July 30, 2013, 1:55 PM — Hoping to strengthen its services for mobile users, Facebook has created a new program to encourage third-party developers to build games that will run on the company's mobile clients.
The new pilot program, called Facebook Mobile Games Publishing, will assist selected game development shops in marketing and deploying their games on Facebook mobile clients, in exchange for an unspecified percentage of the revenue that the Facebook versions of these games generate.
"With more than 800 million monthly users of our mobile apps and more than 260 million people playing games on Facebook, we are using our unique reach and targeting capabilities to help games in our program find and engage a valuable audience of the right users," wrote Facebook software engineer Victor Medeiros, in a Facebook post announcing the new program.
The initiative specifically targets small and medium-size developers that may have already developed some games for mobile clients, but would like to broaden their user bases.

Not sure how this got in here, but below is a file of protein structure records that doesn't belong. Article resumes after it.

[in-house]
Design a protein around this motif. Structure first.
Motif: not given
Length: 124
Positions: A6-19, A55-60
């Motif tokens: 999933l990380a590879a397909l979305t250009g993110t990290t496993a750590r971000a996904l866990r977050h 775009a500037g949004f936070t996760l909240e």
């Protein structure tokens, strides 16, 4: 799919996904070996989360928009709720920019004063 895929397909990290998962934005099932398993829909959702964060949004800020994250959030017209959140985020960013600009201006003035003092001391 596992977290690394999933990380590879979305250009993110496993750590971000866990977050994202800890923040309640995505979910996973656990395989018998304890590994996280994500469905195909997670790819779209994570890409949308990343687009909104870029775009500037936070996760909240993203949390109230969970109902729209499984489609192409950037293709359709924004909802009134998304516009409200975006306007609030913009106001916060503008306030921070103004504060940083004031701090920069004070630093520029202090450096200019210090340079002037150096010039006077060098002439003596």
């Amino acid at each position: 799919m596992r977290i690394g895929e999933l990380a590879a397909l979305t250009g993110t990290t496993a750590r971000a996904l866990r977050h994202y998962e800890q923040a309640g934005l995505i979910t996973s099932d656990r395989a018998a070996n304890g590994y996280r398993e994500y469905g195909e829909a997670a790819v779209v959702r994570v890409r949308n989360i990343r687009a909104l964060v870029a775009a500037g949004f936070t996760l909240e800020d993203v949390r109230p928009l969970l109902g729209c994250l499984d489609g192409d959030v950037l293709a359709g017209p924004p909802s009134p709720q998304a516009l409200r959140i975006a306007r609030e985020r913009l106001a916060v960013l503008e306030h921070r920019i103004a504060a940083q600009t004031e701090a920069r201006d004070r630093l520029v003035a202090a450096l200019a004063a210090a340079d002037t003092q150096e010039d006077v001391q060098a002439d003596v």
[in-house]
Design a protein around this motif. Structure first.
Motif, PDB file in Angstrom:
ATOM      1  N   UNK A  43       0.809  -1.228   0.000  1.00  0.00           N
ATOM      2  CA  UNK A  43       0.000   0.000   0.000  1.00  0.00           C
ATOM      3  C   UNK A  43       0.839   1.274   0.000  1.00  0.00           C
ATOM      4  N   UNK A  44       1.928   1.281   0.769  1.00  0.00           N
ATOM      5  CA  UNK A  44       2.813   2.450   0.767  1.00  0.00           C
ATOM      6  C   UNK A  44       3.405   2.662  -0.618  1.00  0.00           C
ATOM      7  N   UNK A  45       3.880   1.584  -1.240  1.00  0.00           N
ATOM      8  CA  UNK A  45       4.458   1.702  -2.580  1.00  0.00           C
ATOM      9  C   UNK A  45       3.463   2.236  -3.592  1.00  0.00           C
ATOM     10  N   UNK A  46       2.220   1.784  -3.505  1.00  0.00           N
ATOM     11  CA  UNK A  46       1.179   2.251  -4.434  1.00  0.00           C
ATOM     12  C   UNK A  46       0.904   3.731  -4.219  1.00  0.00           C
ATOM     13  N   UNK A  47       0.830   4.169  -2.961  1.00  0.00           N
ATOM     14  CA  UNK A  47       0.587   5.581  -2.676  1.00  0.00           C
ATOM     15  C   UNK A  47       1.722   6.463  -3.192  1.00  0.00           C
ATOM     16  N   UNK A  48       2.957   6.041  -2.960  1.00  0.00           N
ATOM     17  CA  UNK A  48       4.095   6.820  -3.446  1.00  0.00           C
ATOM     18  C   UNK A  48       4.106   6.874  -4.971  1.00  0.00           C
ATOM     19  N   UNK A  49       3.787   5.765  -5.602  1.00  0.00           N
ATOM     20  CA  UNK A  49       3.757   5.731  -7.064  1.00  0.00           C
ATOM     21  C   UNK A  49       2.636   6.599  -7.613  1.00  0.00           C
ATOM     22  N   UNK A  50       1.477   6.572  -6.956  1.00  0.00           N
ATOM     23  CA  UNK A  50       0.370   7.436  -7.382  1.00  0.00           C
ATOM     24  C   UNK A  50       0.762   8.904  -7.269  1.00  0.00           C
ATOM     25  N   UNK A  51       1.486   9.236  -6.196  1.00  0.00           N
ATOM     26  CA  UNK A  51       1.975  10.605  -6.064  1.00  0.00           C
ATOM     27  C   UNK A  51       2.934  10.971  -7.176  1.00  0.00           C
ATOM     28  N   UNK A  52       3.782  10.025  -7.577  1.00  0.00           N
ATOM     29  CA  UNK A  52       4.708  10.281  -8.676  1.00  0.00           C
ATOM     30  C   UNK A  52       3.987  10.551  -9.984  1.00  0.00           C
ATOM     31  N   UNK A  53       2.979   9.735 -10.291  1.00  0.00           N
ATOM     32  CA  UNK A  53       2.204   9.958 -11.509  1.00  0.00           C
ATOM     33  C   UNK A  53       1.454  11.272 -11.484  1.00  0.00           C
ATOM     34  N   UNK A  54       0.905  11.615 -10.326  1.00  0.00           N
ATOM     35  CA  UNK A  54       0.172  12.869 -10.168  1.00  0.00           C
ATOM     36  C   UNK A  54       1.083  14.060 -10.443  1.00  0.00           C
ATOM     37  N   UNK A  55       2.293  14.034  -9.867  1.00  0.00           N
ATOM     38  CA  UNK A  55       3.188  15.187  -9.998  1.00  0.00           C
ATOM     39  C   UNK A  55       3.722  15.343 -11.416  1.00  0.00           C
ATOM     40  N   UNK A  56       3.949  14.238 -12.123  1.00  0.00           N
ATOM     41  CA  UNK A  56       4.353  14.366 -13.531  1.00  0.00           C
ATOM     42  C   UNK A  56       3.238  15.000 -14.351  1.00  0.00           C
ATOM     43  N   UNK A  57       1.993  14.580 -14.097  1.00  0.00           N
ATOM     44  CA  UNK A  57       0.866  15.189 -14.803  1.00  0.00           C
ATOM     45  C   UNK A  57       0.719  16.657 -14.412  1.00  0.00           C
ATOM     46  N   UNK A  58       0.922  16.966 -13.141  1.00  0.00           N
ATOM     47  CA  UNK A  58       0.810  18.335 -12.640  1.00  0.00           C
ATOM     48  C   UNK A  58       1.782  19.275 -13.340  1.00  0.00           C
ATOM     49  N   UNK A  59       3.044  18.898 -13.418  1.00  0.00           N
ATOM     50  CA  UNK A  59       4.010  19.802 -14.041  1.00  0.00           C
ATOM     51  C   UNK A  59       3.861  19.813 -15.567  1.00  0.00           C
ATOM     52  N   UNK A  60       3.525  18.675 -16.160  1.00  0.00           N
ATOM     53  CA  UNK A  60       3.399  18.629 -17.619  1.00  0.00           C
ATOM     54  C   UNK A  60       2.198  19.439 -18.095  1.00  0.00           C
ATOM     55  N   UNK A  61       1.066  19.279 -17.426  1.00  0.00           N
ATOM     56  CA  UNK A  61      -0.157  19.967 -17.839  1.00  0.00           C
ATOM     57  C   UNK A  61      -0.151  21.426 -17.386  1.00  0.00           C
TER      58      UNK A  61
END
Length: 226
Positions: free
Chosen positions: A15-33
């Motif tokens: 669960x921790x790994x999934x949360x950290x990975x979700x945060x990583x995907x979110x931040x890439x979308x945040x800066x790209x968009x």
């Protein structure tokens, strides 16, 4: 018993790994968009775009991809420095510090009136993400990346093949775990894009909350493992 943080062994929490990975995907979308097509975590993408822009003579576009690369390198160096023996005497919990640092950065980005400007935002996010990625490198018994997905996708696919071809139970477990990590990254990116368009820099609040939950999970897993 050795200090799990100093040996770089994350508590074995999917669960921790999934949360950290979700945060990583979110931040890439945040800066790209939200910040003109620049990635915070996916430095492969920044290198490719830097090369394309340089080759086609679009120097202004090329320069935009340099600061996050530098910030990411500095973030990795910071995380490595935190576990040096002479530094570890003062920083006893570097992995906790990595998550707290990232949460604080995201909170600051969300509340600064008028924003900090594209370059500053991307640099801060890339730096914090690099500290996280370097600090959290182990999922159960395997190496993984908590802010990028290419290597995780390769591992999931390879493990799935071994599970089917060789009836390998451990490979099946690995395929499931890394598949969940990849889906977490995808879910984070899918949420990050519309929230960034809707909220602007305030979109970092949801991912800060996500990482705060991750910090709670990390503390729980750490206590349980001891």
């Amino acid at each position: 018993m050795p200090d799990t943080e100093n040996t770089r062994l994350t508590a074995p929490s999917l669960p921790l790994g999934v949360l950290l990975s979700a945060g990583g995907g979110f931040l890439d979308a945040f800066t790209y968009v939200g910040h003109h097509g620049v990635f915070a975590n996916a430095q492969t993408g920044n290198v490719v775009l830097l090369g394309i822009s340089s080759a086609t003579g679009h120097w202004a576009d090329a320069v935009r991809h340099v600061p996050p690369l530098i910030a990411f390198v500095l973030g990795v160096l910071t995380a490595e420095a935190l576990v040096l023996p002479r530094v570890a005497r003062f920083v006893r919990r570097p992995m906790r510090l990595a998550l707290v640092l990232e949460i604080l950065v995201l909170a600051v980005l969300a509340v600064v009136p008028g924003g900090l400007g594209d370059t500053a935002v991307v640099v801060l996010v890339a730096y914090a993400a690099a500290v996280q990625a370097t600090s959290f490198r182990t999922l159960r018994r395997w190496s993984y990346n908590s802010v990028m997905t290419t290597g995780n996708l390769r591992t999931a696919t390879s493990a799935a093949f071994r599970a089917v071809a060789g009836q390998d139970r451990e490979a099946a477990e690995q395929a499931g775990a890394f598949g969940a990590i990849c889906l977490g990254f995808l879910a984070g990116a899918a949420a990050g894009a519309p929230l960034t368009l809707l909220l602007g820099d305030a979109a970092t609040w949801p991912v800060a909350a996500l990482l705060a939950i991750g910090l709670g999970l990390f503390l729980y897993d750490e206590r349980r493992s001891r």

For participants in the program, Facebook will promote their games on its site, targeting the users who might most be interested in such games. It will also offer analytics tools and assistance in deploying games so they can reach many users.
For Facebook itself, the new program could help the company generate more revenue from its mobile clients, which for Facebook now generates more traffic than traditional Web access. Company officials have stated that Facebook will focus on building new "mobile experiences" in 2013.
Until recently, the company has been under pressure from investors to make more money from its mobile clients. In its most recent financial quarter, which ended June 30, Facebook reported that 41 percent of its advertising revenue came from mobile clients, or about $656 million.
Overall, about 100,000 apps have been built for Facebook's Parse mobile platform and Facebook itself has 1.15 billion registered users, according to the latest quarterly report. The company has already worked with a number of companies in this pilot, including 5th Planet, which offers the role-playing game card "Dawn of the Dragons," and Gamevil, which puts out the simulation game "Train City."